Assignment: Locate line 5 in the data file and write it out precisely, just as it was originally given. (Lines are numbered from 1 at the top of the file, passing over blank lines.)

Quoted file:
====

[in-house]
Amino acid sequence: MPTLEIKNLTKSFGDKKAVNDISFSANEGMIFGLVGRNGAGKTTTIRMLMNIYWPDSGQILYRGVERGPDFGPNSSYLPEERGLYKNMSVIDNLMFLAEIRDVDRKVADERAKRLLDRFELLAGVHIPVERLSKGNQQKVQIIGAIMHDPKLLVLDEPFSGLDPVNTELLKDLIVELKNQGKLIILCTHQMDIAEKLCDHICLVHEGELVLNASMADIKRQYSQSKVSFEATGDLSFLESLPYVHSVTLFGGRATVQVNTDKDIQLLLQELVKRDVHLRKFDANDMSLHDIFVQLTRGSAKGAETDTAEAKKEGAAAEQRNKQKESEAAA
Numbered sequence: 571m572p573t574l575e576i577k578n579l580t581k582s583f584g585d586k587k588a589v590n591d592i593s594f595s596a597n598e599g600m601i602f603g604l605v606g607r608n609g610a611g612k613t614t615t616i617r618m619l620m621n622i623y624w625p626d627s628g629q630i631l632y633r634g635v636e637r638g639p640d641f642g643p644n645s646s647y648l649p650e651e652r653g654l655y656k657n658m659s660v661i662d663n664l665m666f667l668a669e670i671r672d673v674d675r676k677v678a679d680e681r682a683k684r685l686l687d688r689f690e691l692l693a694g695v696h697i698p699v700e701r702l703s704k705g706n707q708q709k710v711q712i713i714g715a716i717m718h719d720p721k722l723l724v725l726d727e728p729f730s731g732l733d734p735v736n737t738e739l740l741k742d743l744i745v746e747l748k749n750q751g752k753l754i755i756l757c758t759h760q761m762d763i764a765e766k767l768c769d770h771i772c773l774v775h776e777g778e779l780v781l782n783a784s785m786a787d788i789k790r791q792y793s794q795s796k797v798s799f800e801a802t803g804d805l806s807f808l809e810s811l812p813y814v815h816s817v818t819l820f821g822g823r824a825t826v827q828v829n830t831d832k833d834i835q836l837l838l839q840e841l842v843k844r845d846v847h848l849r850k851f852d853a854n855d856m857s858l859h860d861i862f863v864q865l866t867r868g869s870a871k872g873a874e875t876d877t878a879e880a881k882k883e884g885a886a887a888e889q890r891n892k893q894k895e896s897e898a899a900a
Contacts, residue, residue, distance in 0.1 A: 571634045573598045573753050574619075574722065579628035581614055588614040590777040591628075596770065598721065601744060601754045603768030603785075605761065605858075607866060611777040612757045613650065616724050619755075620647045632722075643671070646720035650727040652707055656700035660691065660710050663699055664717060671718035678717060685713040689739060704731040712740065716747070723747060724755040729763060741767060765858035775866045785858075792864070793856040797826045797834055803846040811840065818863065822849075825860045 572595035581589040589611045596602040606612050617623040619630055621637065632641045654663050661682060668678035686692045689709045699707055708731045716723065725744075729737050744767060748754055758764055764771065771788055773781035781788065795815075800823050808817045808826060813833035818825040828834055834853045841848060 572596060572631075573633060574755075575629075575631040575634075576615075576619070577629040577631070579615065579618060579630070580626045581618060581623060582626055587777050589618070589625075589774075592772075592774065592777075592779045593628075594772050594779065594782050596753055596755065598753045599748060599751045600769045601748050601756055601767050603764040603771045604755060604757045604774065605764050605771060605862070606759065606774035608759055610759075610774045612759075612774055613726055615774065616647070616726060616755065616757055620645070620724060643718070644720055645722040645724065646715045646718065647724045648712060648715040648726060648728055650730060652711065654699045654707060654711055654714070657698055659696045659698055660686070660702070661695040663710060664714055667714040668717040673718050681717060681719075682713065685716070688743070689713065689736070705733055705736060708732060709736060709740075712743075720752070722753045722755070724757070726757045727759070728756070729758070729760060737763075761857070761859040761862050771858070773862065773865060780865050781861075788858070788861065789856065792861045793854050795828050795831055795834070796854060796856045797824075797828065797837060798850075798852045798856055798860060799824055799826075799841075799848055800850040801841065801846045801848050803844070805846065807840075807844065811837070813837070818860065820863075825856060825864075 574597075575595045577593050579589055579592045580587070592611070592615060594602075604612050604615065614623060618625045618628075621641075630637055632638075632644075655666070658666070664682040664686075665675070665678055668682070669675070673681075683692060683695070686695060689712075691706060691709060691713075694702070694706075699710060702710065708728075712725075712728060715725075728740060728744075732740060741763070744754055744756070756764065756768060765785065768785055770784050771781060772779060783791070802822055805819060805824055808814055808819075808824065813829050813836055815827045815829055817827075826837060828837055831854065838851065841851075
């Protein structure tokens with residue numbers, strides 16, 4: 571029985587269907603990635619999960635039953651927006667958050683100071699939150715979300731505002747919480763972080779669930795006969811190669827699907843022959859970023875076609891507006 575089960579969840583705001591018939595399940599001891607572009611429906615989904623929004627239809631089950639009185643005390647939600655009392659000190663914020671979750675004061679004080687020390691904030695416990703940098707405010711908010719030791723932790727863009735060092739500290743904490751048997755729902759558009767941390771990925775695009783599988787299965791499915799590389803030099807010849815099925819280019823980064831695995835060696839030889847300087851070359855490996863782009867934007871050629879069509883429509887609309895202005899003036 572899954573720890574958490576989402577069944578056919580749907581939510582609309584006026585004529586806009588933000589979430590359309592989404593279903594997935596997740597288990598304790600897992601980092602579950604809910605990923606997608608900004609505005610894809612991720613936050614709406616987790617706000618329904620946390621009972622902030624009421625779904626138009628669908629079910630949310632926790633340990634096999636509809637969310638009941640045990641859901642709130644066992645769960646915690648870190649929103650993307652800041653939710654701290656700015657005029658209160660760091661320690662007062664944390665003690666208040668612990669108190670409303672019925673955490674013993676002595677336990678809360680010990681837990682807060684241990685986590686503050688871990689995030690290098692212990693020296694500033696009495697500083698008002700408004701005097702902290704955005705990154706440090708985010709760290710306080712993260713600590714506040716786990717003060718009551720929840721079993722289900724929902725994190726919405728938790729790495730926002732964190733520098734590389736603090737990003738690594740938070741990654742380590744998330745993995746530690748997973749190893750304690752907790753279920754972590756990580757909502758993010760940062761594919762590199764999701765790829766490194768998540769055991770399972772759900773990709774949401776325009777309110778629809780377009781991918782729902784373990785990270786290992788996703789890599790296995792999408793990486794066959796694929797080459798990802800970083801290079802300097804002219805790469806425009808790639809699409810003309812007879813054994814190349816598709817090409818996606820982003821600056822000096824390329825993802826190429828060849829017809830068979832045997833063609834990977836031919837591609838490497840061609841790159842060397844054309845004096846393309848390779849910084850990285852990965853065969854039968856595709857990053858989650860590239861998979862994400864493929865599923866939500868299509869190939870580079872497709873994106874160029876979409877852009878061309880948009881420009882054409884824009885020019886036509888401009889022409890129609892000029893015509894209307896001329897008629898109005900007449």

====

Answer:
């Protein structure tokens with residue numbers, strides 16, 4: 571029985587269907603990635619999960635039953651927006667958050683100071699939150715979300731505002747919480763972080779669930795006969811190669827699907843022959859970023875076609891507006 575089960579969840583705001591018939595399940599001891607572009611429906615989904623929004627239809631089950639009185643005390647939600655009392659000190663914020671979750675004061679004080687020390691904030695416990703940098707405010711908010719030791723932790727863009735060092739500290743904490751048997755729902759558009767941390771990925775695009783599988787299965791499915799590389803030099807010849815099925819280019823980064831695995835060696839030889847300087851070359855490996863782009867934007871050629879069509883429509887609309895202005899003036 572899954573720890574958490576989402577069944578056919580749907581939510582609309584006026585004529586806009588933000589979430590359309592989404593279903594997935596997740597288990598304790600897992601980092602579950604809910605990923606997608608900004609505005610894809612991720613936050614709406616987790617706000618329904620946390621009972622902030624009421625779904626138009628669908629079910630949310632926790633340990634096999636509809637969310638009941640045990641859901642709130644066992645769960646915690648870190649929103650993307652800041653939710654701290656700015657005029658209160660760091661320690662007062664944390665003690666208040668612990669108190670409303672019925673955490674013993676002595677336990678809360680010990681837990682807060684241990685986590686503050688871990689995030690290098692212990693020296694500033696009495697500083698008002700408004701005097702902290704955005705990154706440090708985010709760290710306080712993260713600590714506040716786990717003060718009551720929840721079993722289900724929902725994190726919405728938790729790495730926002732964190733520098734590389736603090737990003738690594740938070741990654742380590744998330745993995746530690748997973749190893750304690752907790753279920754972590756990580757909502758993010760940062761594919762590199764999701765790829766490194768998540769055991770399972772759900773990709774949401776325009777309110778629809780377009781991918782729902784373990785990270786290992788996703789890599790296995792999408793990486794066959796694929797080459798990802800970083801290079802300097804002219805790469806425009808790639809699409810003309812007879813054994814190349816598709817090409818996606820982003821600056822000096824390329825993802826190429828060849829017809830068979832045997833063609834990977836031919837591609838490497840061609841790159842060397844054309845004096846393309848390779849910084850990285852990965853065969854039968856595709857990053858989650860590239861998979862994400864493929865599923866939500868299509869190939870580079872497709873994106874160029876979409877852009878061309880948009881420009882054409884824009885020019886036509888401009889022409890129609892000029893015509894209307896001329897008629898109005900007449």